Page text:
A great deal of local crime in the county went unnoticed except by the victims, as Mack reminisced to Poughkeepsie New Yorker reporter Helen Myers in 1947. The attention that Mack and his staff gave to fighting crime was expensive in terms of dollars, time and effort. The D.A. received $2,000 per year and his assistant $600 (which Mack managed to get doubled after a year, when he found he could not keep a good person in the job). Meanwhile his new style of activity, hiring a car to get to the scene of the crime (often before any police officer) and the use of physicians in criminal cases increased the cost of his office and in November, 1907, Mack was called before the County Board of Supervisors to defend the spending of his office. He directed questions to the supervisors, one by one, reminding each of them of work he had done in that supervisor's town and asked whether it was worth the $25 rental fee for the car. In each instance, he received an affirmative answer.
There were 21 murders in the County during Mack's six years as D.A. They ranged from the draft bolt murder of a small restaurateur by two railway men whom Mack personally pursued to Holyoke, Massachusetts to the incineration of a new born infant by the sisters of the unwed mother. Medical analysis of bone fragments in the last case was critical to the successful prosecution. The majority of the cases were much lesser matters, but they got full attention from D.A. Mack. Chicken stealing was no longer overlooked. The D.A. figured out that the opening of a door or window to take the chickens converted the action into burglary in the third degree.
John Mack and his assistant personally got to the scenes of crimes, usually by car but also by horse-drawn sleigh in the winter. Both would be armed. Mack carried a .38 and his assistant a .32 and Mack used his gun at least once if only to scare a fleeing suspect. (Later in life, Mack steadfastly refused to carry a gun even for hunting). In the ensuing melee the D.A. ended up wrestling the suspect chicken thief to the floor. Although not an athletic type, Mack had been an exceptional baseball player. After the arrest the D.A. bought the young man a meal and got a complete confession with details of whacking a farmer over the head with a board and escaping police after he stole the chickens. Mack's days as D.A. were irregular and long and he often spent the night on a cot at the jail after arriving late with a culprit under arrest. However, his family was assured that he would always be at home Sunday morning to take them to church. Mack had the support of the Sheriff's Department (Robert W. Chandler was the new Democratic Sheriff) and Poughkeepsie Chief of Police Charles McCabe and his Detective Patrick C. McGowan often worked on county crimes with Mack just because of their interest in those particular crimes.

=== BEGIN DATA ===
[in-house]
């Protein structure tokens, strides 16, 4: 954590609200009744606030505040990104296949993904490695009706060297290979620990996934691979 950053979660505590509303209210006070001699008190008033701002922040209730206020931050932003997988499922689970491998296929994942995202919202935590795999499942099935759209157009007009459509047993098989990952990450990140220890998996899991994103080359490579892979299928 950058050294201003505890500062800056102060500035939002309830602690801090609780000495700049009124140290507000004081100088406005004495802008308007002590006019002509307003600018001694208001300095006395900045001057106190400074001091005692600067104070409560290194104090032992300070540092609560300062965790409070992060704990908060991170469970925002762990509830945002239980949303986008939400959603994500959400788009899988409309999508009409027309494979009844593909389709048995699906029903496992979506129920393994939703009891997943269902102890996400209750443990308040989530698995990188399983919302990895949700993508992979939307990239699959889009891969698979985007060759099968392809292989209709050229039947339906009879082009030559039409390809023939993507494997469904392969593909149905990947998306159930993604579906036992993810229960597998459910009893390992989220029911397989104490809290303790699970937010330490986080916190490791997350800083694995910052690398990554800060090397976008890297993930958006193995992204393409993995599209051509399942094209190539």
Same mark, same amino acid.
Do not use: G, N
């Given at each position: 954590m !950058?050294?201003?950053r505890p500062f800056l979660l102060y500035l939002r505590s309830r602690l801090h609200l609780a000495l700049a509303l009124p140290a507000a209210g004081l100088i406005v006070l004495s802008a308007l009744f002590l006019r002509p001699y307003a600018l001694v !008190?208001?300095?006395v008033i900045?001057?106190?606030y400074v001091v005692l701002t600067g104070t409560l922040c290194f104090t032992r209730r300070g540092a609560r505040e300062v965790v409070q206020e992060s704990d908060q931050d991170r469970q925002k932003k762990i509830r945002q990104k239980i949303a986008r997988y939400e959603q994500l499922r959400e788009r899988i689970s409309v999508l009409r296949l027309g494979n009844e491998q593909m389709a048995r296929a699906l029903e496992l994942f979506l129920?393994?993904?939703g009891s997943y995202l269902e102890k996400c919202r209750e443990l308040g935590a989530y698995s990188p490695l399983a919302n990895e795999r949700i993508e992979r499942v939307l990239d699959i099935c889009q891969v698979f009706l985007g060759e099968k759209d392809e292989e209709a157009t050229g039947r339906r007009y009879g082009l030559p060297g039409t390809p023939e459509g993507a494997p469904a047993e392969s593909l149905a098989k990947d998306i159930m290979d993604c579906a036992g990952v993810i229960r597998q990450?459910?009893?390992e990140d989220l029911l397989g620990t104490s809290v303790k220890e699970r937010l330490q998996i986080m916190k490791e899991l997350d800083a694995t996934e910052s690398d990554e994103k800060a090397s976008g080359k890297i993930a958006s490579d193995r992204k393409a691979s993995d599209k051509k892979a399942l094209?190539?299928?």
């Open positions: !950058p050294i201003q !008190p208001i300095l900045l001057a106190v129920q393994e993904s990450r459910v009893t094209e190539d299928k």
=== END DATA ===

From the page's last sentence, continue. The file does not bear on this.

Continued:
In 1910 John Mack had become a partner of Charles Morschauser, brother of Judge Joseph Morschauser, and wanting to devote time to the development of his law practice he said he would not run again for re-election as D.A. in 1912.
In the first decade of this century John Mack tried a case against the New York Central and Hudson River Railroad Company for John Hackett's client, Mr. Newbold. The railroad had sought to expand its holdings on the east shore of the river in order to add another set of tracks and switches and sidings. The railroad could expand its holdings through its right of eminent domain but the main question was price. The one acre of Newbold's land in question had been priced at $9,360. The railroad claimed the price was excessive for land just south of an insane asylum and across the road from an automobile manufacturing plant. In addition, land across the river on the west bank did not sell for anything close to this price.